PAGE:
Among the many family belongings I am still sorting through are stacks of greetings cards from the early 1950s to the early noughties.
I thought I’d share some of those from the 60s/70s in random order across two posts.
Is this charming or merely kitsch?
It straightaway reminds me of the highly sentimental portraits of children lining the walls of department stores in the 70s (Woolworths, Boots, Timothy Whites).
Those shop waifs and strays invariably possessed doe eyes crying tears of dubious size down dimpled cheeks. But this cheerful twosome have something of Bill and Penelope about them.
The Woolworths associations apply even more strongly to this portrait of cute, moral uprightness from the mid-late 60s probably aimed at doting grandparents:
The prayerful pose would probably never find its way onto cards in our far more secular age, at least not outside of cathedral bookshops. This isn’t how we want children to be any more.
I’m surprised that this Wedding Anniversary card dates from as late as 1966:
It could easily be from at least a decade earlier. I imagine the vase carefully positioned in a palatial hallway by a butler’s begloved hands.
My collection is stuffed with variations on these rather stiff bouquets in as assortment of urns and classical vases. They strike me as emblems of prestige though not of material aspiration, representing a kind of official good taste. But they are also dull and respectable, joyless even.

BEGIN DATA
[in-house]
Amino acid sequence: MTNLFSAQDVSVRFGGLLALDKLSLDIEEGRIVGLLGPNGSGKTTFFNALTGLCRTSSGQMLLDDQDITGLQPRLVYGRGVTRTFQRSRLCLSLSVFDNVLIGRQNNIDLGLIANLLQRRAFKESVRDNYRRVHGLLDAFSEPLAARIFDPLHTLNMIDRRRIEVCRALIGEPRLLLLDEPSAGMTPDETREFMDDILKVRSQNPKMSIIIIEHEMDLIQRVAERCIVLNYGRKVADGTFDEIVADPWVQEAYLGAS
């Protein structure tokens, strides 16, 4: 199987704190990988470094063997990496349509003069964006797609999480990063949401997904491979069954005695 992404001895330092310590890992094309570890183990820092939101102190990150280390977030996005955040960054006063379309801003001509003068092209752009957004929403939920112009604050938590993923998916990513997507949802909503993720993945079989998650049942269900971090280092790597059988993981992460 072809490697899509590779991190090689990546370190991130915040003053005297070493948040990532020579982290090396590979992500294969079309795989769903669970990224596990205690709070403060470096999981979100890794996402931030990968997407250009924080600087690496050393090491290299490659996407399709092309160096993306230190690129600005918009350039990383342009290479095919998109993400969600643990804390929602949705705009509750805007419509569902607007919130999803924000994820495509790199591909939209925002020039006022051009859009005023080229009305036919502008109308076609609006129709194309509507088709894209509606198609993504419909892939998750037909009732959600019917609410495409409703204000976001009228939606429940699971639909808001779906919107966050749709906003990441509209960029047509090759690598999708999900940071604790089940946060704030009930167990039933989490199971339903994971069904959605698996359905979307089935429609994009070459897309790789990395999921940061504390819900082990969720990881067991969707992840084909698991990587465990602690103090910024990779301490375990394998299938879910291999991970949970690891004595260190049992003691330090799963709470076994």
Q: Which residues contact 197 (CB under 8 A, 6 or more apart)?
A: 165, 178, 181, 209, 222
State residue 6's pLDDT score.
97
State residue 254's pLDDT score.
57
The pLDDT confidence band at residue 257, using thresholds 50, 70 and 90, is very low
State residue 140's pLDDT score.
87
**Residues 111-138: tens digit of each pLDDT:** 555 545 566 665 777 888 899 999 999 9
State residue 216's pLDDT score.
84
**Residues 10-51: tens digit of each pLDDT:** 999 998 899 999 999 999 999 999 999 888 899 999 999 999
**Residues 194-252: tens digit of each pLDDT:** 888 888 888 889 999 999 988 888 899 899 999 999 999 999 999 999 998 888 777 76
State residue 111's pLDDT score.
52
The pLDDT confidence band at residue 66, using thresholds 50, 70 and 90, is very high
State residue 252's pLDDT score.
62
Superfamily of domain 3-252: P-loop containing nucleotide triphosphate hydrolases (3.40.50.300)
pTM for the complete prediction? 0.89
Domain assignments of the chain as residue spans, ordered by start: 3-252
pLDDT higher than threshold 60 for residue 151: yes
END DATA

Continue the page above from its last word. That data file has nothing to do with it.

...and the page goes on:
In an age of care bears and other fluff, it’s the adult seriousness of this card which dates it most.
This has 1960s stamped all over it:
The chequered brown, yellow and green background adds a modernist touch though the card belongs squarely next to a gilt carriage clock on a tiled mantelpiece. When I look at this, I hear Frank Chacksfield, Royal Daffodil or perhaps Jim Reeves.
A card which inspired a dozen These You Have Loved LP covers. Or was it the other way round?
To be given accompanying a large box of assorted milk chocolates. The surprisingly underplayed message is rather endearing and all the more effective for that.
An Englishman’s home is his castle.
It’s 1969 and here we have a reassuring image of sturdy masculinity in the making:
Background props are crucial; the bookcase implies inculcating a love of learning but the fireplace spreads parental warmth.
More choice selections in two weeks time.